After the pandemic forced an attenuated, blocklong version of the Macy’s Thanksgiving Day Parade last year, this year the iconic event was set to roar back to life, with the full complement of floats, balloons, and marching bands expected to parade on Thursday all along Central Park West to Herald Square.
And once again it kicked off on Wednesday with another tradition, known locally as “Inflation Day” —the public viewing on 72nd Street of the giant Pikachu, Papa Smurf, Smokey Bear and other balloonstars as they were filled with helium for the parade.
“Anyone wishing to see the inflation of the balloons must get off at this station,” a train driver for the Metropolitan Transportation Authority said over the loudspeaker of an uptown C train as it pulled in to the 72nd Street subway station“This is where you see the balloons.”
Just up the subway stairs was another, less welcoming announcement. “Welcome to fascist New York!” an anti-vaccine demonstrator shouted repeatedly at the crowd, which included little children, parents, and veterans in wheelchairs, as they passed by on their way to view the balloons.
And as people streamed east on 71st Street, they were met by a gauntlet of people in red pinnies with “vax checker” written on their backs. The checkers asked everyone to show their identification and vaccination cards, and to put on a face mask.
On 81st Street, Diane Roberts, who works in media in Washington, D.C., was celebrating a what she called a milestone birthday a year late — she refused to say which one — with four best friends who were at last able to travel from around the country to be with her.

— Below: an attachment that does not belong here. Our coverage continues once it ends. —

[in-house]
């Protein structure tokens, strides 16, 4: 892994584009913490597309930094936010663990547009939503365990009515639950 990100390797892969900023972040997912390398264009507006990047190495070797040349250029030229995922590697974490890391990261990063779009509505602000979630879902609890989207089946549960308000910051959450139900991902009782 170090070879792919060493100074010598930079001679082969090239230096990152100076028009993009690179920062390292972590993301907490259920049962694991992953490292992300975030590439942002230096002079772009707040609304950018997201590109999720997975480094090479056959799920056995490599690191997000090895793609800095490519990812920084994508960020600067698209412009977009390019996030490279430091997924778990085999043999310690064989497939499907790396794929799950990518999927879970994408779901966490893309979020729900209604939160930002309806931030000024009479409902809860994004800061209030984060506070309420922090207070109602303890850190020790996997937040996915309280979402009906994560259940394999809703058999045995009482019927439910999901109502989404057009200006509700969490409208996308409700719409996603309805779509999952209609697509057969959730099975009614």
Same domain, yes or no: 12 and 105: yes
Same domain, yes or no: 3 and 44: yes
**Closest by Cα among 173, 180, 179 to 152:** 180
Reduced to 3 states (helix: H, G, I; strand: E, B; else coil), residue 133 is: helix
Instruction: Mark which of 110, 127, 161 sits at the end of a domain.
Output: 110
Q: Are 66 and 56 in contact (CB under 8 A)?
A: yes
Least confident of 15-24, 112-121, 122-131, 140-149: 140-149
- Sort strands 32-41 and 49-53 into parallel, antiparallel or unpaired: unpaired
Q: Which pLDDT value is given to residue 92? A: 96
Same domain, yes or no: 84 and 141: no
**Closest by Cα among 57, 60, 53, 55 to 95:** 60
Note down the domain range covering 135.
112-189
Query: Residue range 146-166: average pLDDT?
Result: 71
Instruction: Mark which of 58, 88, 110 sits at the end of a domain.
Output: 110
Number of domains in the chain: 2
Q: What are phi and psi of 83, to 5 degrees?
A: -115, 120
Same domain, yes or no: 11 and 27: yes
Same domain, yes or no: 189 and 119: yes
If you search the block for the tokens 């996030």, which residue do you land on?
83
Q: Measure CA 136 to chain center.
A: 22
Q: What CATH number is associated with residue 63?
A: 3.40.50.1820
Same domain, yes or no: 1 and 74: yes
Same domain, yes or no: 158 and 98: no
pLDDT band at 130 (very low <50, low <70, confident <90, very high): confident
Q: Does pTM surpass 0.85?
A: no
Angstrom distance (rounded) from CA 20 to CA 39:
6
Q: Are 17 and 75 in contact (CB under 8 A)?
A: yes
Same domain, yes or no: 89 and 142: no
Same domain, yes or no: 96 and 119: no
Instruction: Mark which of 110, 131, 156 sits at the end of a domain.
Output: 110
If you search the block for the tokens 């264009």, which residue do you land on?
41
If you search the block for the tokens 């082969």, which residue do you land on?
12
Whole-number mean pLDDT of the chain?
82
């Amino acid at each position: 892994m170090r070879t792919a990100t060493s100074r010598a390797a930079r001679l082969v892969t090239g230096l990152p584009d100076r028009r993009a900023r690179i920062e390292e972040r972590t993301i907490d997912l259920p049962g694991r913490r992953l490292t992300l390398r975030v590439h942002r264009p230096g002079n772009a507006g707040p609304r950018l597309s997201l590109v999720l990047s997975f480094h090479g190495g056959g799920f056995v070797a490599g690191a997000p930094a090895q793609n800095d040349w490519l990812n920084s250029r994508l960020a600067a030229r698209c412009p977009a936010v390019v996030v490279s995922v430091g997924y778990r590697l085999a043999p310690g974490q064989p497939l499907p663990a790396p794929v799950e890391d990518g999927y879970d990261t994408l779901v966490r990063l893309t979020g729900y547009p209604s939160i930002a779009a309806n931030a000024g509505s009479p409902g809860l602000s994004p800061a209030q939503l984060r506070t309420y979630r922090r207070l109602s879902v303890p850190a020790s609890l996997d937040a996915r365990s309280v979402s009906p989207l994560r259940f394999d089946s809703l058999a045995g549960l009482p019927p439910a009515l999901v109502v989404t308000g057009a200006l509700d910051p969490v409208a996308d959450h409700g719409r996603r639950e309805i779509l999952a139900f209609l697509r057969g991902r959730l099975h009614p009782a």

Just speaking about being able to see the parade brought tears to her eyes. She wasn’t bothered by the vaccine checkers, the crowd control or the necessity of masks. “It is a cloud over it but it but I still think it’s better to be here masked then not to be here at all,” she said.
A few blocks away was the Lamar family, visiting from Atlanta, Georgia, on their first family trip since the pandemic began more than 20 months ago. They were taking in a giant green dinosaur.“Moments of celebration are important,” Leroy Lamar, who runs a nonprofit organization, said.“And it is important that we do them together.”
The European Medicines Agency approved on Thursday the use of the Pfizer-BioNTech coronavirus vaccine for children ages 5 to 11, bringing European governments one step closer to inoculating young children.
The recommendation of the European Union’s drug regulator will now be sent to the European Commission, the bloc’s administrative arm, for final approval, which it is expected to do swiftly. It will then be up to the national health authorities to decide if and when they will start inoculating young children.
The decision comes amid a Covid spike across the bloc. The European Center for Disease Prevention and Control said on Wednesday that European governments should accelerate their vaccination rates, consider booster shots for adults and tighten restrictions in order to avoid a “very high burden” on national health care systems. Approximately 66 percent of the European Union’s total population has been fully inoculated, according to E.C.D.C. data.
All 27 member nations are now inoculating adolescents, according to the E.C.D.C.
The European Commission also proposed a nine-month period of validity of coronavirus vaccinations for travelers coming from outside and inside the bloc.
“It’s good to have a booster shot after the six months have expired,” Didier Reynders, the bloc’s commissioner for justice, told reporters on Thursday, citing evidence that the immunity provided by coronavirus vaccines wanes after six months. “These three months should allow national campaigns to be set up and for citizens to actually get the booster shot.”
E.U. citizens traveling between different member countries will be required to present a vaccination certificate, proof of recovery from the virus in the past six months or a negative test.
The proposal is expected to come into force on Jan. 10, pending approval from national governments.